How many genuine buyers are in a wholesaler's list? I mean buyers who will actually transact - not the 99.999% of dreamers. 5? 10? Let's be crazy and say it's 100 real buyers.
An agent who does a vanilla MLS listing will expose the property to tens of thousands of buyers. Which do you think has the better chance of finding the one buyer who will pay the highest price?
Instead of paying a wholesaler's often obscene assignment fee, with no fiduciary to represent them in the transaction and with none of the protections that the law provides sellers, they pay an agent's commission of 4%-6%.
The bottom line is that wholesalers prey on sellers who are either uninformed as to the true value of their property or are in such a desperate situation that they'll take a bad deal to get out fast.
That is the textbook definition of unethical.
A lot of people start wholesaling because they "want to get to get their foot in the door" or "get a start". They have been working a job (or not) but have never saved money. They think wholesaling is going to make their money saving problems go away. It won't. People who don't have the financial discipline to save money aren't going to be succe long term in real estate because they don't have that discipline.
I'm truly getting tired of realtors criticizing wholesalers, putting us down like we're trash, saying what we do is illegal and we're just scammers. I TOTALLY agree with David Frandsen. There are two sides to every coin, but still just one coin. Realtors and wholesalers both have a part to play in real estate and we're both in the business for that same coin. Wholesaling in NOT even remotely close to the position of a realtor, nor do we claim to be a realtor because we're not licensed and we're not doing the same job. However both jobs are legal in most states. So get off of your high horse realtors.
I’m sure porch pirates are sick of homeowners bashing them too. If you’re going to wholesale, 99% of your peers operate sketchy at best but more likely illegally. That’s where the bad rap comes from. Although I’m sure every wholesaler reading this considers themselves part of the upstanding 1%, and are 100% transparent with the little old ladies they are fleecing.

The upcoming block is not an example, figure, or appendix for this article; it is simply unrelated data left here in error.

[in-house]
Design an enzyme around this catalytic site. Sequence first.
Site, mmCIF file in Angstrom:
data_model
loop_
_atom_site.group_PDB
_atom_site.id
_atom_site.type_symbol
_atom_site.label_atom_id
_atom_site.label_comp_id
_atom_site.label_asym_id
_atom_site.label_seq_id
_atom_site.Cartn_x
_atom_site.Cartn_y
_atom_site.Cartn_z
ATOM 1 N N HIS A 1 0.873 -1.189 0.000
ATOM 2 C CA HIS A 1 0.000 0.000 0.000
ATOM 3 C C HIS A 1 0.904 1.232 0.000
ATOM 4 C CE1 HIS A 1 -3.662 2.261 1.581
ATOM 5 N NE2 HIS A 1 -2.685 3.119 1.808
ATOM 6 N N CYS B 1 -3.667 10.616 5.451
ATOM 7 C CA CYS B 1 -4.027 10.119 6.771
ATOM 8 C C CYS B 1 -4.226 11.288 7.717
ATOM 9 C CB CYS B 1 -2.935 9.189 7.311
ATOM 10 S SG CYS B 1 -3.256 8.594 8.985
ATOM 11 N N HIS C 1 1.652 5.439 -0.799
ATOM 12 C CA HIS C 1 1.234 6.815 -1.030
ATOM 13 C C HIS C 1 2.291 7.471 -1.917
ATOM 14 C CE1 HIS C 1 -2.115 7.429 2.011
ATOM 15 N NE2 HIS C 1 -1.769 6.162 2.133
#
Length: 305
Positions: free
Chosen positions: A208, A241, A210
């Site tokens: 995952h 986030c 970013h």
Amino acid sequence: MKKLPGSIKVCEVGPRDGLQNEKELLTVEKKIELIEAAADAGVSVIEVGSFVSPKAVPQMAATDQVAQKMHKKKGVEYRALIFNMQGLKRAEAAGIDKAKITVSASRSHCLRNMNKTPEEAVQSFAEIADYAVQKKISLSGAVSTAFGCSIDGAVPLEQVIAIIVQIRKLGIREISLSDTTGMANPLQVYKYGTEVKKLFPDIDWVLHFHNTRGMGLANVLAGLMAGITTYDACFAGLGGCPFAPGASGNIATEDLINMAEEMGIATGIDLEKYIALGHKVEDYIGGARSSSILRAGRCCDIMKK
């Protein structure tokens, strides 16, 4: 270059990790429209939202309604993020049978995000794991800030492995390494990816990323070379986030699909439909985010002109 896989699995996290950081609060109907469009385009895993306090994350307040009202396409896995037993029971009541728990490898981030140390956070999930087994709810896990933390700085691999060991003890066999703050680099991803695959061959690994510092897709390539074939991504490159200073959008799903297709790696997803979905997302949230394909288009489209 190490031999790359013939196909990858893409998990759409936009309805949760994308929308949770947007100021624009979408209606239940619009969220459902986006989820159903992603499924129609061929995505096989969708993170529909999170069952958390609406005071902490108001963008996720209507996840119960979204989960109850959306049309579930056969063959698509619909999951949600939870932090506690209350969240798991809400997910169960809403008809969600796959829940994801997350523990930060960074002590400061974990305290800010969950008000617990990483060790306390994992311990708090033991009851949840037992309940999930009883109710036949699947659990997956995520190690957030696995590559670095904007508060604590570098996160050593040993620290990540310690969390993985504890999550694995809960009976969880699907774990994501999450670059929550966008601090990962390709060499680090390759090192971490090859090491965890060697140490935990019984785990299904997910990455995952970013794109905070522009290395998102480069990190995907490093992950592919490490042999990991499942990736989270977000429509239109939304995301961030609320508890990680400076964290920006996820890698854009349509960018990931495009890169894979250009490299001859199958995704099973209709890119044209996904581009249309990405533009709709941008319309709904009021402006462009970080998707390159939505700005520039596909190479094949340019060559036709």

Let’s regulate every aspect of American life to the point that two consenting adults cannot make a real estate transaction without a licensed realtor involved.
That’s the most un-american thing I’ve ever heard.
Plus the fact that, some people don’t want the headache of dealing with realtors, they don’t want pictures of their house blasted to 10,000+ people like you claim.
They don’t want to deal with showings, they don’t want to pay realtor commissions.
They want a quick, easy transaction and are willing to sacrifice a little bit of equity for it.
Nothing wrong with that at all.
I think what people have to understand is wholesaling is just a vehicle, a business.
If everyone had the mindset that you just put on display, there would be no Apple, there would be no cars, we would have nothing.
Often times, people don’t just resort to entrepreneurship for the financial aspect but for the chance of freedom.
Don’t give up on being a entrepreneur.
@Joseph Fiorella Now THAT is truly comical! Wrap yourself in the American flag to justify screwing desperate and/or uninformed sellers out of their equity!!!
Why yes - how DARE state governments put licensing laws into effect to protect the public from unethical operators? What is this? Soviet Russia???
Next thing you know, they'll want to make surgeons go to medical school. They'll want airline pilots to be licensed. It's all a communist plot, I tell ya!
Honestly, until now, I thought I'd heard it all from wholesalers, but now I really have.
Thanks for the laugh. I'm going back to work.
Yeah because, someone buying a house and Brain surgeon are very similar…
Craziest thing I’ve heard in a while lol…
And yes, because someone doesn’t want the hassle of selling with a realtor and doing showings, blasting their pictures out online… they should be forced to deal with one if they want to sell!